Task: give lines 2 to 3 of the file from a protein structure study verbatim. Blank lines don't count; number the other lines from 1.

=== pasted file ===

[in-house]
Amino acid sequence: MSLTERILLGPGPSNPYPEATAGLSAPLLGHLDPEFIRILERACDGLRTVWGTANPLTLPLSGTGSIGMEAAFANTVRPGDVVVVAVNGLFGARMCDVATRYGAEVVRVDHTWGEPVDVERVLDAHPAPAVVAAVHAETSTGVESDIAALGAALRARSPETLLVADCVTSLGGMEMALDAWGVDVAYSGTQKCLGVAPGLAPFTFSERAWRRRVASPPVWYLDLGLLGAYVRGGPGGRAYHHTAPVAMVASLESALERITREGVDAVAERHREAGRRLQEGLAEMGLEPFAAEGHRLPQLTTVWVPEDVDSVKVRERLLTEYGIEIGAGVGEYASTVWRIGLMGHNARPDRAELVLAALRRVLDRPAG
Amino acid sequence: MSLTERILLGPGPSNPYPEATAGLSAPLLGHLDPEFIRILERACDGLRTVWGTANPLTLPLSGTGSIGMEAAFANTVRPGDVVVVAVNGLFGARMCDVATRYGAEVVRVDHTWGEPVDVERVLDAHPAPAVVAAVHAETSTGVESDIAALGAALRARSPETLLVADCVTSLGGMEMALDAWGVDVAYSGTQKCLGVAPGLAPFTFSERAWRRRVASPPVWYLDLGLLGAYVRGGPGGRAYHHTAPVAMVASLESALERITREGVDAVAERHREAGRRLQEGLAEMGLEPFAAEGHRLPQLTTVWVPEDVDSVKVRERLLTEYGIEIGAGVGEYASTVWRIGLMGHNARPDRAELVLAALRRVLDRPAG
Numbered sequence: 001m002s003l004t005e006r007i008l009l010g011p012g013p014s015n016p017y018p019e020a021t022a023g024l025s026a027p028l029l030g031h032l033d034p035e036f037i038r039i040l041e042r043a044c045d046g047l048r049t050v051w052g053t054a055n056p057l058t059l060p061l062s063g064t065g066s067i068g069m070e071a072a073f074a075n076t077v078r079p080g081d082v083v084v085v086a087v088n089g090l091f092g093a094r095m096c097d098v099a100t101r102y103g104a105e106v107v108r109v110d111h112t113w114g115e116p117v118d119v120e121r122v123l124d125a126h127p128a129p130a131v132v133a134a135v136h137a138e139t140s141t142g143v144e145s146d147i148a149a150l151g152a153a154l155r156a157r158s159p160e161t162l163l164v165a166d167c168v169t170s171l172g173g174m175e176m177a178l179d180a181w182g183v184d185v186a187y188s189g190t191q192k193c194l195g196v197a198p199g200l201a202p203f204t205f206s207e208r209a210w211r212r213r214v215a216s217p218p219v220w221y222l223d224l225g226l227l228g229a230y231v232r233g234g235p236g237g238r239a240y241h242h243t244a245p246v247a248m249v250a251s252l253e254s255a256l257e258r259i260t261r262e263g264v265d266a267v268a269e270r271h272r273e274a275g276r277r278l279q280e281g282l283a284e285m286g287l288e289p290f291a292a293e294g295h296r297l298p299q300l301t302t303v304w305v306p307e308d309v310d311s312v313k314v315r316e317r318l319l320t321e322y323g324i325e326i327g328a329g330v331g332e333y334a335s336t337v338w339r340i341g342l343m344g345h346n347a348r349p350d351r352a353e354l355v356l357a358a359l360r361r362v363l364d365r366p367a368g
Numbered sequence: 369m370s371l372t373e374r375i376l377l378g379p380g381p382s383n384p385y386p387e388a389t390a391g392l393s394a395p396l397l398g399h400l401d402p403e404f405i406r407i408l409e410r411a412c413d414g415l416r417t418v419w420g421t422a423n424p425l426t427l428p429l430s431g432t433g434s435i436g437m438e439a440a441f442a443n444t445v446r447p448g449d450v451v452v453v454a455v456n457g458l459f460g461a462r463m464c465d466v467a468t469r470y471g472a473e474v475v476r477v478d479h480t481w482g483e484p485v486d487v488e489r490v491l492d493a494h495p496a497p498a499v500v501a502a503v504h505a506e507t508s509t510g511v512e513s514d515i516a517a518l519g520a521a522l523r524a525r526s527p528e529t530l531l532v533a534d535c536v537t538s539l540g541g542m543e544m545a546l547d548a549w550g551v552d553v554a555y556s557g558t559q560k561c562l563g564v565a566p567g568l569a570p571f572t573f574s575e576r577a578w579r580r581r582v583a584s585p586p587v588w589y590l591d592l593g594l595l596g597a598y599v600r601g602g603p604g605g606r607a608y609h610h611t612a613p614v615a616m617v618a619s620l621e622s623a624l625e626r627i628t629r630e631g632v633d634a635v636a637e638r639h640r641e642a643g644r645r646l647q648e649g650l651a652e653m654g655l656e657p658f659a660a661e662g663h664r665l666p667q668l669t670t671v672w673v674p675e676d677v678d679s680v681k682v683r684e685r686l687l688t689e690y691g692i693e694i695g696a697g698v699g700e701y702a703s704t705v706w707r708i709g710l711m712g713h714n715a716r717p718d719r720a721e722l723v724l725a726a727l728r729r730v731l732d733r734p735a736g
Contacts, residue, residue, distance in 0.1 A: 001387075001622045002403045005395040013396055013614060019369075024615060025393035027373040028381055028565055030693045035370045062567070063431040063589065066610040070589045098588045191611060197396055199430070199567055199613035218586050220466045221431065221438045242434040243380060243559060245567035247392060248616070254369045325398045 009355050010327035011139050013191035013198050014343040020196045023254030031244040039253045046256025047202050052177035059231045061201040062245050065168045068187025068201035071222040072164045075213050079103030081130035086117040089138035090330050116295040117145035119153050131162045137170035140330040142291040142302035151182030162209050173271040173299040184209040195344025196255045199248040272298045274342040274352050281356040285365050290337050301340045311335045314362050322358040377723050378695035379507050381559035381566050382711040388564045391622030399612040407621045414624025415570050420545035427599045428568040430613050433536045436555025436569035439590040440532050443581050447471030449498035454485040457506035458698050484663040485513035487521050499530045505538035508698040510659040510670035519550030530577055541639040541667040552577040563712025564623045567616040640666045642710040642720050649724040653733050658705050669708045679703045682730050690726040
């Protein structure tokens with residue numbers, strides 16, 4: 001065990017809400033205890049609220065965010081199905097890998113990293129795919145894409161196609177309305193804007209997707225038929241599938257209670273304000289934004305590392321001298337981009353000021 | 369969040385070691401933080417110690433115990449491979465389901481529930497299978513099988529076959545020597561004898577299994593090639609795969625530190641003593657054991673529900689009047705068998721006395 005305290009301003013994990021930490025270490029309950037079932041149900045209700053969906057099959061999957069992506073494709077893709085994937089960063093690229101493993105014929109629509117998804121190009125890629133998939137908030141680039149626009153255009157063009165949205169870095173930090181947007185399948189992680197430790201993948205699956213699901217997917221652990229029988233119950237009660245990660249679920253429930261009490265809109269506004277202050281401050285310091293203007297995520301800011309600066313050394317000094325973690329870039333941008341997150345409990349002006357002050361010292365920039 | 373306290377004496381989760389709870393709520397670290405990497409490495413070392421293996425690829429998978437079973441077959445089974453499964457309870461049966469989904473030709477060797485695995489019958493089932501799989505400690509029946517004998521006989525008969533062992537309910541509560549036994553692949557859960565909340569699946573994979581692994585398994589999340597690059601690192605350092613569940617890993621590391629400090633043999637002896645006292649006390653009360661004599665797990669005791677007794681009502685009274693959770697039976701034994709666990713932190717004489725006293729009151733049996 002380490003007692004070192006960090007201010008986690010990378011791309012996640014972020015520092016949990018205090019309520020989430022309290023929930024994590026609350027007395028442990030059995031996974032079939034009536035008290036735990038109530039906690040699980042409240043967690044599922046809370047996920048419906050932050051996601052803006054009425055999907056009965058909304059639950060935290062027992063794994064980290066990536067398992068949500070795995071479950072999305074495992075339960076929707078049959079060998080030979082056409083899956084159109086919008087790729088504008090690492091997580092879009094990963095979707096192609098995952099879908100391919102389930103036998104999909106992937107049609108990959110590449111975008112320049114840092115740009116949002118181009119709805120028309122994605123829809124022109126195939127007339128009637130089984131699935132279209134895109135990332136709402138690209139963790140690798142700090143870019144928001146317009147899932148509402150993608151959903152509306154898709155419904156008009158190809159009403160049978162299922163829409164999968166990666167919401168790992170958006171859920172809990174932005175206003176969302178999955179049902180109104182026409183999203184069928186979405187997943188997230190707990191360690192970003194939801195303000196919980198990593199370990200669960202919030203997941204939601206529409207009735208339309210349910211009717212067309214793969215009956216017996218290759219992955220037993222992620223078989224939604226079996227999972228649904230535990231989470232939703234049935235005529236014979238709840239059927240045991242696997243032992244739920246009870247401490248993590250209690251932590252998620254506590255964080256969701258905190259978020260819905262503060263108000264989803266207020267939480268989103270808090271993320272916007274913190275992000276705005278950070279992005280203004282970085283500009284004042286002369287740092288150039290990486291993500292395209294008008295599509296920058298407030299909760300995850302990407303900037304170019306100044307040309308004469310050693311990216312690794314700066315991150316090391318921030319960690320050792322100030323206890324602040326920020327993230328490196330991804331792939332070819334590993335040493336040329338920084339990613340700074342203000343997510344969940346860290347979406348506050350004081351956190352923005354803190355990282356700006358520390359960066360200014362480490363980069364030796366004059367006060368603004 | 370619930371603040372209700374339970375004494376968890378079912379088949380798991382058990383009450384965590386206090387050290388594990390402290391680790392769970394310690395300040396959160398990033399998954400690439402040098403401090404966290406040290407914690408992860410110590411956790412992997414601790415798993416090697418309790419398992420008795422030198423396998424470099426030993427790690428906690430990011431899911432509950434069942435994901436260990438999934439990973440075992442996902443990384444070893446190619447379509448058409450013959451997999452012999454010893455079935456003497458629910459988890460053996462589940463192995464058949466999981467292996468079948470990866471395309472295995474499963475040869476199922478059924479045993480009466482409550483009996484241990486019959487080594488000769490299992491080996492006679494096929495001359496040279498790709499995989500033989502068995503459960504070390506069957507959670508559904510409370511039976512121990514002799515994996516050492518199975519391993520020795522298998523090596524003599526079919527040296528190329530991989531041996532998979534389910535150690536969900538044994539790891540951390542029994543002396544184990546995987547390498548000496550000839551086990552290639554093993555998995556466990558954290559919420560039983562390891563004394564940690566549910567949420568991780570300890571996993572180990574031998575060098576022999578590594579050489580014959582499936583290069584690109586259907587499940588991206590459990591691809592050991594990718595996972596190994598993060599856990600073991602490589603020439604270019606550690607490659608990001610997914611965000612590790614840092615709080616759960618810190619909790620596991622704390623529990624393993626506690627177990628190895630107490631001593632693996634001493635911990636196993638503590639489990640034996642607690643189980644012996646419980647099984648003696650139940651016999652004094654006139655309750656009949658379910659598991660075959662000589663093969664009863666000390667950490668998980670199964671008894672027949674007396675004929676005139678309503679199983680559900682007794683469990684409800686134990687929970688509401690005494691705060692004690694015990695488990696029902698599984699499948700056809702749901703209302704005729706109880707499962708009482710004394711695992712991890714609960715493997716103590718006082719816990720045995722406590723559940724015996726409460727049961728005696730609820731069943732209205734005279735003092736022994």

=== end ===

Amino acid sequence: MSLTERILLGPGPSNPYPEATAGLSAPLLGHLDPEFIRILERACDGLRTVWGTANPLTLPLSGTGSIGMEAAFANTVRPGDVVVVAVNGLFGARMCDVATRYGAEVVRVDHTWGEPVDVERVLDAHPAPAVVAAVHAETSTGVESDIAALGAALRARSPETLLVADCVTSLGGMEMALDAWGVDVAYSGTQKCLGVAPGLAPFTFSERAWRRRVASPPVWYLDLGLLGAYVRGGPGGRAYHHTAPVAMVASLESALERITREGVDAVAERHREAGRRLQEGLAEMGLEPFAAEGHRLPQLTTVWVPEDVDSVKVRERLLTEYGIEIGAGVGEYASTVWRIGLMGHNARPDRAELVLAALRRVLDRPAG
Amino acid sequence: MSLTERILLGPGPSNPYPEATAGLSAPLLGHLDPEFIRILERACDGLRTVWGTANPLTLPLSGTGSIGMEAAFANTVRPGDVVVVAVNGLFGARMCDVATRYGAEVVRVDHTWGEPVDVERVLDAHPAPAVVAAVHAETSTGVESDIAALGAALRARSPETLLVADCVTSLGGMEMALDAWGVDVAYSGTQKCLGVAPGLAPFTFSERAWRRRVASPPVWYLDLGLLGAYVRGGPGGRAYHHTAPVAMVASLESALERITREGVDAVAERHREAGRRLQEGLAEMGLEPFAAEGHRLPQLTTVWVPEDVDSVKVRERLLTEYGIEIGAGVGEYASTVWRIGLMGHNARPDRAELVLAALRRVLDRPAG